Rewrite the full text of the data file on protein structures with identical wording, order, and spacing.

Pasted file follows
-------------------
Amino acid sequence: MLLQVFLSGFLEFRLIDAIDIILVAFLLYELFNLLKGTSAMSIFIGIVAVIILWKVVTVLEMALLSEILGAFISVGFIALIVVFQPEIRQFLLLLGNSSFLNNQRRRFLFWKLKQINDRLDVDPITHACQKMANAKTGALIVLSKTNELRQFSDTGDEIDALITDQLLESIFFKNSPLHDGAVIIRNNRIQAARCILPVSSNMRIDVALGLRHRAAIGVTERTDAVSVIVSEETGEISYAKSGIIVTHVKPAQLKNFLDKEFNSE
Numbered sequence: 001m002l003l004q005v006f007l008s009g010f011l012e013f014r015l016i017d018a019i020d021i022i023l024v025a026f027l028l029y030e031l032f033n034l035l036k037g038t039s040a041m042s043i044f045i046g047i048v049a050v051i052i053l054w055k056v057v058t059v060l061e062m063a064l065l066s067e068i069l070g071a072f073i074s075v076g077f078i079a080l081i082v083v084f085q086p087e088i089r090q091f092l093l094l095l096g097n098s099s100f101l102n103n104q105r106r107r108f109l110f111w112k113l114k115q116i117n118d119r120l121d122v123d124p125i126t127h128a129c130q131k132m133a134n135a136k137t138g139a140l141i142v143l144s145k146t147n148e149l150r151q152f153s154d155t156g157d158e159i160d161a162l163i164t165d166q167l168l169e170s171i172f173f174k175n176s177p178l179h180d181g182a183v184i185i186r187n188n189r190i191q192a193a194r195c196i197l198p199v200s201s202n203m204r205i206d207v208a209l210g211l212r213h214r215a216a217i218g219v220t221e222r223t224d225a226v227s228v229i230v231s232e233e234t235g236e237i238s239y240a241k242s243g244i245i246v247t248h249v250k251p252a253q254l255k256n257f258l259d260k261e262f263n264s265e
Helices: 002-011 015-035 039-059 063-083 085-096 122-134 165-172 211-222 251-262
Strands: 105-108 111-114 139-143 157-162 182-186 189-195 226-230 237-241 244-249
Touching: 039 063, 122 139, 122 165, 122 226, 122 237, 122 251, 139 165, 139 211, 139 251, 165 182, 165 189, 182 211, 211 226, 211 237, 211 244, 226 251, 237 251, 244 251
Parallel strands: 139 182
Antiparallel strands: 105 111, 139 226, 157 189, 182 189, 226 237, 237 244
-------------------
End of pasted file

Amino acid sequence: MLLQVFLSGFLEFRLIDAIDIILVAFLLYELFNLLKGTSAMSIFIGIVAVIILWKVVTVLEMALLSEILGAFISVGFIALIVVFQPEIRQFLLLLGNSSFLNNQRRRFLFWKLKQINDRLDVDPITHACQKMANAKTGALIVLSKTNELRQFSDTGDEIDALITDQLLESIFFKNSPLHDGAVIIRNNRIQAARCILPVSSNMRIDVALGLRHRAAIGVTERTDAVSVIVSEETGEISYAKSGIIVTHVKPAQLKNFLDKEFNSE
Numbered sequence: 001m002l003l004q005v006f007l008s009g010f011l012e013f014r015l016i017d018a019i020d021i022i023l024v025a026f027l028l029y030e031l032f033n034l035l036k037g038t039s040a041m042s043i044f045i046g047i048v049a050v051i052i053l054w055k056v057v058t059v060l061e062m063a064l065l066s067e068i069l070g071a072f073i074s075v076g077f078i079a080l081i082v083v084f085q086p087e088i089r090q091f092l093l094l095l096g097n098s099s100f101l102n103n104q105r106r107r108f109l110f111w112k113l114k115q116i117n118d119r120l121d122v123d124p125i126t127h128a129c130q131k132m133a134n135a136k137t138g139a140l141i142v143l144s145k146t147n148e149l150r151q152f153s154d155t156g157d158e159i160d161a162l163i164t165d166q167l168l169e170s171i172f173f174k175n176s177p178l179h180d181g182a183v184i185i186r187n188n189r190i191q192a193a194r195c196i197l198p199v200s201s202n203m204r205i206d207v208a209l210g211l212r213h214r215a216a217i218g219v220t221e222r223t224d225a226v227s228v229i230v231s232e233e234t235g236e237i238s239y240a241k242s243g244i245i246v247t248h249v250k251p252a253q254l255k256n257f258l259d260k261e262f263n264s265e
Helices: 002-011 015-035 039-059 063-083 085-096 122-134 165-172 211-222 251-262
Strands: 105-108 111-114 139-143 157-162 182-186 189-195 226-230 237-241 244-249
Touching: 039 063, 122 139, 122 165, 122 226, 122 237, 122 251, 139 165, 139 211, 139 251, 165 182, 165 189, 182 211, 211 226, 211 237, 211 244, 226 251, 237 251, 244 251
Parallel strands: 139 182
Antiparallel strands: 105 111, 139 226, 157 189, 182 189, 226 237, 237 244